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What to Read Next: The Importance of Place
Issue #300, featuring "Roadwork" and "The River We Remember"
Happy Friday, readers!
Somehow, impossibly, I’ve reached the 300th edition of this Friday newsletter! I started it back in 2018, just weeks before our second kiddo was born. That wasn’t the world’s best idea, but I did it. And I’m proud to have only missed one or two Fridays since.
I often get asked how I keep that level of consistency. I think it’s important to note that it is not a testament to being hardworking or super disciplined; it’s actually just because I love books and I love sharing books with others.
It’s hard to believe how much this little publication has grown. I have nothing but gratitude for each and every one of you and I’m in awe of this audience.
Here’s to hoping for 300 more.
Okay, enough about that. To the books.
I was going to write more about Bruce Catton’s Civil War trilogy, but I feel like I covered it about as much as I want to in Tuesday’s newsletter. If you’re a Civil War buff, it’s a must-read classic of that subject. If you’re not, it’s hard for me to recommend those thousand pages.
Currently, I’m reading Ada Ferrer’s Cuba, which is more interesting than expected! Always a fun surprise when that happens.
Roadwork by Stephen King
“You can’t always understand something just because you did it.”
Published: 1981 | Pages: 235 | Genre: Fiction (Horror)
In some ways, Roadwork was a perfect reading experience — even though the book itself isn’t perfect. Going into it, I knew I would like it to some degree for the simple fact that I love Stephen King — even his weird and less impressive stuff is enjoyable to me. Overall, though, my expectations were pretty low. This isn’t a title that you ever find in lists of King’s best books and the Goodreads rating is pretty low (in comparison to his other stuff).
So I was thrilled to instead find what I think is one of Stephen King’s most underrated stories.
Roadwork centers on Bart Dawes, whose life is about to be upended because of a highway. Both his home and his workplace have been taken from him via eminent domain, which, as you can imagine, completely changes everything he’s ever known.
King is always at his best when living in the head of an individual who feels aggrieved, is responding to a changing world, and is slowly descending into madness.
Bart Dawes checks all those boxes.
Though the plot itself — a man plotting how he’s going to keep his family and livelihood intact — isn’t exactly the most compelling on its own, the story always kept moving. At its core, this is a deeply psychological novel about the importance of place. There’s so much memory and grief and hope and loss tied up in these places that Bart is on the verge of losing — he doesn’t know who he’ll be without his neighborhood.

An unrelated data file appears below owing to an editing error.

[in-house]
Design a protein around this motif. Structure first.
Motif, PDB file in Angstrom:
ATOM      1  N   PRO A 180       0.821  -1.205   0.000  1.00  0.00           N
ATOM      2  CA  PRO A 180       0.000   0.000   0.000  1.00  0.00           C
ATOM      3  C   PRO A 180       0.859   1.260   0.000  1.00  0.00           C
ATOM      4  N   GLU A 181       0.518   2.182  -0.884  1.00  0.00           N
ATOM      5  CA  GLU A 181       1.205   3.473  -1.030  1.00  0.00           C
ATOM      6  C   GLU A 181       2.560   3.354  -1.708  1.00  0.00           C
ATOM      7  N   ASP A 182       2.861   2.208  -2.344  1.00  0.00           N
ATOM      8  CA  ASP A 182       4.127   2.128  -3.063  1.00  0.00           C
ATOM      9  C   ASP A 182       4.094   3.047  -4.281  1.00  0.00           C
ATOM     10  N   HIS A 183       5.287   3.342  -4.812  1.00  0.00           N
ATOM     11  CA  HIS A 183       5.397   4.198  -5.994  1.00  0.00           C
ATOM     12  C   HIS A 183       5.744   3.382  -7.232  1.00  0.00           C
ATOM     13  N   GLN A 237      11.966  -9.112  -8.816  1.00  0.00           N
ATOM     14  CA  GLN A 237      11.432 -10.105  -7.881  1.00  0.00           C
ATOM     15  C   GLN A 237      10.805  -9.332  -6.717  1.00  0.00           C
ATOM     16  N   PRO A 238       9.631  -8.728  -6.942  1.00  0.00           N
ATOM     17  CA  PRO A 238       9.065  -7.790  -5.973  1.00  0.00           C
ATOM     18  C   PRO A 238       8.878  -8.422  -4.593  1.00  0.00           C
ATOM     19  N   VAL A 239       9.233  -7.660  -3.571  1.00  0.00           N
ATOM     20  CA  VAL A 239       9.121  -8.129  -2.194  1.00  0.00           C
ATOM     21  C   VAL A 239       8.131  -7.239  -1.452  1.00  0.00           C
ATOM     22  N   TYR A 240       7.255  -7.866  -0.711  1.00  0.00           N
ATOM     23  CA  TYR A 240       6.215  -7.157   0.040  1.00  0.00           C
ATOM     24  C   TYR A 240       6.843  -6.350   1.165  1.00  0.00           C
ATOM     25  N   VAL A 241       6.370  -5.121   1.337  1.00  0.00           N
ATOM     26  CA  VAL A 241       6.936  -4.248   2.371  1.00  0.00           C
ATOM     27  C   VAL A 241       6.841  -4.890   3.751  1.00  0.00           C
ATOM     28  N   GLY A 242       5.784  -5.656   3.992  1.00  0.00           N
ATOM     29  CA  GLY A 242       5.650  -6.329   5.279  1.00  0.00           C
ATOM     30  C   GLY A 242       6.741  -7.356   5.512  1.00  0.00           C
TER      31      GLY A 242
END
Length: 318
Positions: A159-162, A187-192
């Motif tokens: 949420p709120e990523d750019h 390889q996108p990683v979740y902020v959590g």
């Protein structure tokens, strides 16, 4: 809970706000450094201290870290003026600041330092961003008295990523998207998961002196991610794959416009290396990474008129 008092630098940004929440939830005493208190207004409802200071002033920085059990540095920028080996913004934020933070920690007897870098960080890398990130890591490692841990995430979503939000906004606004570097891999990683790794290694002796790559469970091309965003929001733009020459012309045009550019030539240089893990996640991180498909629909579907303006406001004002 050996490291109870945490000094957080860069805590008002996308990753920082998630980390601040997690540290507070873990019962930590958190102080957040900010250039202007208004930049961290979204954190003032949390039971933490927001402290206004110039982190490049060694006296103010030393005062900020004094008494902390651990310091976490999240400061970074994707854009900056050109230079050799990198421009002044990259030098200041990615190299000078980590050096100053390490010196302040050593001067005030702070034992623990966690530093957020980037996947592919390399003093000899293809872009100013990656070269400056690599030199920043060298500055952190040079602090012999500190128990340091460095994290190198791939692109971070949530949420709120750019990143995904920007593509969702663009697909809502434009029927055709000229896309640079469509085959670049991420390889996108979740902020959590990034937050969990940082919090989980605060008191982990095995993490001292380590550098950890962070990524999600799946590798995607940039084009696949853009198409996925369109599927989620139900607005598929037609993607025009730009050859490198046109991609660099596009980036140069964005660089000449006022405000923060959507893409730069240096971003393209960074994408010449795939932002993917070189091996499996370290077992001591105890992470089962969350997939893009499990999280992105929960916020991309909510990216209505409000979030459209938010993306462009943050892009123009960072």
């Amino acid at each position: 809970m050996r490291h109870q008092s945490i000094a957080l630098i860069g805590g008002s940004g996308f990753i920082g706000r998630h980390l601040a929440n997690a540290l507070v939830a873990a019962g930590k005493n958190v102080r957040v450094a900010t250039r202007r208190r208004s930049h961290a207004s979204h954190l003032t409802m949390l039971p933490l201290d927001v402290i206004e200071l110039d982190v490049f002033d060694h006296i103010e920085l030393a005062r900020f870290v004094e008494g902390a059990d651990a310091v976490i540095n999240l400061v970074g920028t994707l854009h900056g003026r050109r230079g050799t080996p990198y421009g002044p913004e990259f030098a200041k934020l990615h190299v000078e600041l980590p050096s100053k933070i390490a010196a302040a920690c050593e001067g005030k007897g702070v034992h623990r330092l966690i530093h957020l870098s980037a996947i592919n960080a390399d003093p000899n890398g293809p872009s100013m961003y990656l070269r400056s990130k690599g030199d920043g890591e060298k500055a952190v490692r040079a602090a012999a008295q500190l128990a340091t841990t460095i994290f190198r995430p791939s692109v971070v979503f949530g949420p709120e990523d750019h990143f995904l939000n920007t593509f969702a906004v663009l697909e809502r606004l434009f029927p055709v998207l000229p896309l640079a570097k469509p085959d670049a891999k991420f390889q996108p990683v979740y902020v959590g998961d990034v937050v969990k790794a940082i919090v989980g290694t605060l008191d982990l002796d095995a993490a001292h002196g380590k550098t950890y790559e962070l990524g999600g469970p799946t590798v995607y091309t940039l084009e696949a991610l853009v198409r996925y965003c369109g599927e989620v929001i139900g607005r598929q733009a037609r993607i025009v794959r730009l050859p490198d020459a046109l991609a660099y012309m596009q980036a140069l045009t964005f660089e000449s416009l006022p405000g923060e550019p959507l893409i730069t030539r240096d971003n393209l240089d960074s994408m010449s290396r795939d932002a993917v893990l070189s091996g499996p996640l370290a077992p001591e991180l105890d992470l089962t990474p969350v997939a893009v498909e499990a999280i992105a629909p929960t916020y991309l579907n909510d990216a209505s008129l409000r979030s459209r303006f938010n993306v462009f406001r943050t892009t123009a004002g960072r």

King’s reflections on grief and why we do the things we do are as poignant as I’ve seen in his writing, but he’s never trying to get across some heavy-handed message (like he does in some of his stories). For a quick, underrated, psychologically penetrating read this October, look no further than 1981’s Roadwork.
The River We Remember by William Kent Krueger
“There had been a time, a very long time, when there'd been no humans on this land, and . . . someday it would be that way again. All that men had done to prove their ownership, their mastery, would be undone.”
Published: 2023 | Pages: 421 | Genre: Fiction (Crime/Historical)
I’ve long enjoyed William Kent Krueger’s crime novel series set in northern Minnesota and starring dogged investigator Cork O’Connor. To be honest, though, after reading eight of those, they started to blend together. What really sets Krueger apart, in my opinion, are his three outstanding standalone novels — including the newest one, The River We Remember, published this fall.
In mid-century southern Minnesota, a prominent citizen and landowner has been murdered. Nobody particularly liked the guy, but Sheriff Brody Dern is nonetheless tasked with finding out what happened. From the start, Dern had a hunch that the case wouldn’t be cut and dry. He was right.
This is a small community that’s still haunted by the ghosts of World War II. Stereotypes abound; messy but protective families hamper the investigation; the land itself cries out to reveal its bloody history.
The murder mystery had me hooked, to be sure, but Krueger really excels at giving readers a glimpse into mid-century American life — both its nostalgic charms and its darker current of swept-under-the-rug abuses.
By the end, I thought Krueger was delving into one too many story threads (a common occurrence in modern murder mysteries; Agatha would be rolling in her grave), but the entire experience was delightfully satisfying nonetheless. I can’t guarantee I’ll keep up with his Cork O’Connor series, but any William Kent Krueger standalone is a must-read for me. The River We Remember is a fantastic read for readers of all stripes.
Note: Sexual assault plays a somewhat prominent role in the storyline.
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